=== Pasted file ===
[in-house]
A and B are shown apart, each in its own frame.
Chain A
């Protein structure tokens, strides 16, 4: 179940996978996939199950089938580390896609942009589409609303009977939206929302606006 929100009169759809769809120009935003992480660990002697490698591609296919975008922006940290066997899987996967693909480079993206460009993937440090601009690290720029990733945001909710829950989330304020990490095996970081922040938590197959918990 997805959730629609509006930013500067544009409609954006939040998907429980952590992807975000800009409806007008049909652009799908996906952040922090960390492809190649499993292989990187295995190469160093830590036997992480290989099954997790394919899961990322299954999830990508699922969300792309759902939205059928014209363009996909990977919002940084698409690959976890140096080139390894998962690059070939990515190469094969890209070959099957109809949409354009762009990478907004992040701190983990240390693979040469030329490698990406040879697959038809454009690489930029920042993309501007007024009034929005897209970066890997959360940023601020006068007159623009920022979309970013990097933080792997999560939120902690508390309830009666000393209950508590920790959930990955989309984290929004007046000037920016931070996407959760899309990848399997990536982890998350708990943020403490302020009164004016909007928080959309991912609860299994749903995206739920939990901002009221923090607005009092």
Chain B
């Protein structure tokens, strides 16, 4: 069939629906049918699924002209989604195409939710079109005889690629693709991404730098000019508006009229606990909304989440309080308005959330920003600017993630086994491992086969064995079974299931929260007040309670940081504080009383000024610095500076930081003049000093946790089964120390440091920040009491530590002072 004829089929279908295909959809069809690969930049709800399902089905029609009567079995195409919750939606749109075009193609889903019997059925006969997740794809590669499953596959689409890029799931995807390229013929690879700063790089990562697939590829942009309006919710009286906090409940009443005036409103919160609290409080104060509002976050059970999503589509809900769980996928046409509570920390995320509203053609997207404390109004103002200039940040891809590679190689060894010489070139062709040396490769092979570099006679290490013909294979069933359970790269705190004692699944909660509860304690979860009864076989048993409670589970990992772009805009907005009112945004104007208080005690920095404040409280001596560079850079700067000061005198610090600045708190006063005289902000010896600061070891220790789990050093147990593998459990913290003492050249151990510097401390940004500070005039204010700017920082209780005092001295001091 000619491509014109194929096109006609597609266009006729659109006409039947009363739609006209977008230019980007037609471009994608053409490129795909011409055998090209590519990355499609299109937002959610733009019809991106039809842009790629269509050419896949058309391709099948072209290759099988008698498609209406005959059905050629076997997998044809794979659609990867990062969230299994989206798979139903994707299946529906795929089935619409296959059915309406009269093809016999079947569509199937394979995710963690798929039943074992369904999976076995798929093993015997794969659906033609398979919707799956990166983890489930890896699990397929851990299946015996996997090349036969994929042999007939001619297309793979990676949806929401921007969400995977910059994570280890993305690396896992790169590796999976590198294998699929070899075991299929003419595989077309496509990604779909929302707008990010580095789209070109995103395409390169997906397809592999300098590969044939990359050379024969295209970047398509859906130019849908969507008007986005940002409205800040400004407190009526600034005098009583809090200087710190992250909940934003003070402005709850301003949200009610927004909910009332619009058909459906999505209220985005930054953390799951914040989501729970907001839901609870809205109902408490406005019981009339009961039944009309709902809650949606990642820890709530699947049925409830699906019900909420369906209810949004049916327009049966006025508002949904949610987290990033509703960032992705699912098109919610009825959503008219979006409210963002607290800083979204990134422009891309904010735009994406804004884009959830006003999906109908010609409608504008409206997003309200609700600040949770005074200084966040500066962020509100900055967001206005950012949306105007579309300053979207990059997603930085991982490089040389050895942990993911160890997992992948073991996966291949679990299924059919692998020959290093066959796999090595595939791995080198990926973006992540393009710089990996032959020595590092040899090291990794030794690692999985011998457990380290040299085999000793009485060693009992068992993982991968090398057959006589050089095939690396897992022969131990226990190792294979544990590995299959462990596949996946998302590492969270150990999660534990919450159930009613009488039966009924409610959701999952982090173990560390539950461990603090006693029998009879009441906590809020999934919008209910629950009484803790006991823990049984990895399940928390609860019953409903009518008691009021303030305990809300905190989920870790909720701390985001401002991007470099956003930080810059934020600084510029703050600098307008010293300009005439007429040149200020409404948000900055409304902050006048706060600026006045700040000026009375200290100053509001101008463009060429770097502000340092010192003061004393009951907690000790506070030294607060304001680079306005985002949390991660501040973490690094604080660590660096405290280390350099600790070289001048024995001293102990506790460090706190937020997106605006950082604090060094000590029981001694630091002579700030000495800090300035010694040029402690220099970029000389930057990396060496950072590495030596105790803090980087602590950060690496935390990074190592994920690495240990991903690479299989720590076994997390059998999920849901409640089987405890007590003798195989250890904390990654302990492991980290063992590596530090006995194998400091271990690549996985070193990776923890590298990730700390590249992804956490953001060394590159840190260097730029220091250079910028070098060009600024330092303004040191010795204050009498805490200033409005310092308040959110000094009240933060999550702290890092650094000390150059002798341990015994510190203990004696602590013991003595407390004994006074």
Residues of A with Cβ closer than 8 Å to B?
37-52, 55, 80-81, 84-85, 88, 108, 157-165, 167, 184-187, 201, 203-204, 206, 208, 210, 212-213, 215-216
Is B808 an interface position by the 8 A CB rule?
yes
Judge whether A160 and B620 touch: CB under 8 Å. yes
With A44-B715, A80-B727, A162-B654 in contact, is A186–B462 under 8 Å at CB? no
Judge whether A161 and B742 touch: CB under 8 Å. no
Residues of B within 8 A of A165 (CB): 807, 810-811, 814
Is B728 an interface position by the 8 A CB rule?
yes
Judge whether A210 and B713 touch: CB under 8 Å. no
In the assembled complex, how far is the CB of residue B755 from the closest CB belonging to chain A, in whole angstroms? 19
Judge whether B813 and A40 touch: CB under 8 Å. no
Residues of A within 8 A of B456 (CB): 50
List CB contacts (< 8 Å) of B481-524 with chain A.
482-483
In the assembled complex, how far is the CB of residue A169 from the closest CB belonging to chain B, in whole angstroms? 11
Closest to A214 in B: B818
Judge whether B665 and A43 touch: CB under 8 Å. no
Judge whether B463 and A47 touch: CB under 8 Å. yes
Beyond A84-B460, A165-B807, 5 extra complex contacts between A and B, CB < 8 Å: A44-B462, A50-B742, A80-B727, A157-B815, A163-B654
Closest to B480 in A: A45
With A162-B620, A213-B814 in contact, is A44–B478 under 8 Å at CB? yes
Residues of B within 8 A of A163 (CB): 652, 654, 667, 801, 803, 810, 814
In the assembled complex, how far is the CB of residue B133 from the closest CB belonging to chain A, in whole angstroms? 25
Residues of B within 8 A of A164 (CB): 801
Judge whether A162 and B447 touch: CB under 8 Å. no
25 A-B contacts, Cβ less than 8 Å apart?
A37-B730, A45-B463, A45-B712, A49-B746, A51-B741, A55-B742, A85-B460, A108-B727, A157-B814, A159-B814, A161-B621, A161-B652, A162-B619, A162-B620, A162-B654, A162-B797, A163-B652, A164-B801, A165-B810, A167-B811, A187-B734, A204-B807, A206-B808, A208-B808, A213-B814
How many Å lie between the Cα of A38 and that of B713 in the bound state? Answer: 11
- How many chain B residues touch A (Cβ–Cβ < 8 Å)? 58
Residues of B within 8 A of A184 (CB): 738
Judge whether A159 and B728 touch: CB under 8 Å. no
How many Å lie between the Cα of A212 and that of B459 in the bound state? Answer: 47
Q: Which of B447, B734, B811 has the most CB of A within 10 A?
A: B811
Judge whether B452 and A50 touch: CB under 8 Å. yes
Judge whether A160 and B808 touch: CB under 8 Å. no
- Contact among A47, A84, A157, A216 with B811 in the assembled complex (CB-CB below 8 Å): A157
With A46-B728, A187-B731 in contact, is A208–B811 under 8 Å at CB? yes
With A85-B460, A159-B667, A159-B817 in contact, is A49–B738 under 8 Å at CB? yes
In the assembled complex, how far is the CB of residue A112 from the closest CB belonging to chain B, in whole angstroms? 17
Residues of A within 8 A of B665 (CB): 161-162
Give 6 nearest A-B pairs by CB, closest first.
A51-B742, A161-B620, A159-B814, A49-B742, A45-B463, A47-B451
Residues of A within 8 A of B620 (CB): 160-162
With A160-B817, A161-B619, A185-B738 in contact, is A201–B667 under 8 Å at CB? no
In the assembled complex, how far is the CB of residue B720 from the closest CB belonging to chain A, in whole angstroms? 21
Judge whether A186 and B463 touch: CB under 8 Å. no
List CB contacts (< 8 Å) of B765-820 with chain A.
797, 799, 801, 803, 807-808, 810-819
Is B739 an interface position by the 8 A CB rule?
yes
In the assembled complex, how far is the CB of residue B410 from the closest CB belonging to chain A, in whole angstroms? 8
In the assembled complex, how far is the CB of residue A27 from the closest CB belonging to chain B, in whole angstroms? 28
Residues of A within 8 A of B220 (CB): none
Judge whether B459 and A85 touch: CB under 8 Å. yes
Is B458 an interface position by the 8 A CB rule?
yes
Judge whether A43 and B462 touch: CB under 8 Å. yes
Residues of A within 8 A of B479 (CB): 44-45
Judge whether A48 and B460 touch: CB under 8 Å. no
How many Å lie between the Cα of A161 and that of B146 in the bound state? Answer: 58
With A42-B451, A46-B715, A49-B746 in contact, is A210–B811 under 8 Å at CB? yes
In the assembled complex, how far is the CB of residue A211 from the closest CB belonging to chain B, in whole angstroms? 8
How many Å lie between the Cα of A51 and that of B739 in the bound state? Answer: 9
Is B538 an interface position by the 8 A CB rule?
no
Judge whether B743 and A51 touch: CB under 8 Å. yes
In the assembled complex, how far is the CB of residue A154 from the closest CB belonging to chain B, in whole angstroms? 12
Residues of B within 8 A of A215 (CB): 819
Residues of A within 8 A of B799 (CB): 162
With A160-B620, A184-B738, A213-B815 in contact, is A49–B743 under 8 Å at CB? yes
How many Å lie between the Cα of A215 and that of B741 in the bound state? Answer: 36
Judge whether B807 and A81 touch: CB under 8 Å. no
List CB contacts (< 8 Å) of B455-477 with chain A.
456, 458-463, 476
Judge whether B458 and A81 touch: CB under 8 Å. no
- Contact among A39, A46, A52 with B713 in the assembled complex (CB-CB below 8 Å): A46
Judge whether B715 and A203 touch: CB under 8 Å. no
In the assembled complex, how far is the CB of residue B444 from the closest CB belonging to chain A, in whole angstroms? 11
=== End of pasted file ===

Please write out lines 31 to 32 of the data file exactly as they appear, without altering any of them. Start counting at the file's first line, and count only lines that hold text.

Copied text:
In the assembled complex, how far is the CB of residue B133 from the closest CB belonging to chain A, in whole angstroms? 25
Residues of B within 8 A of A164 (CB): 801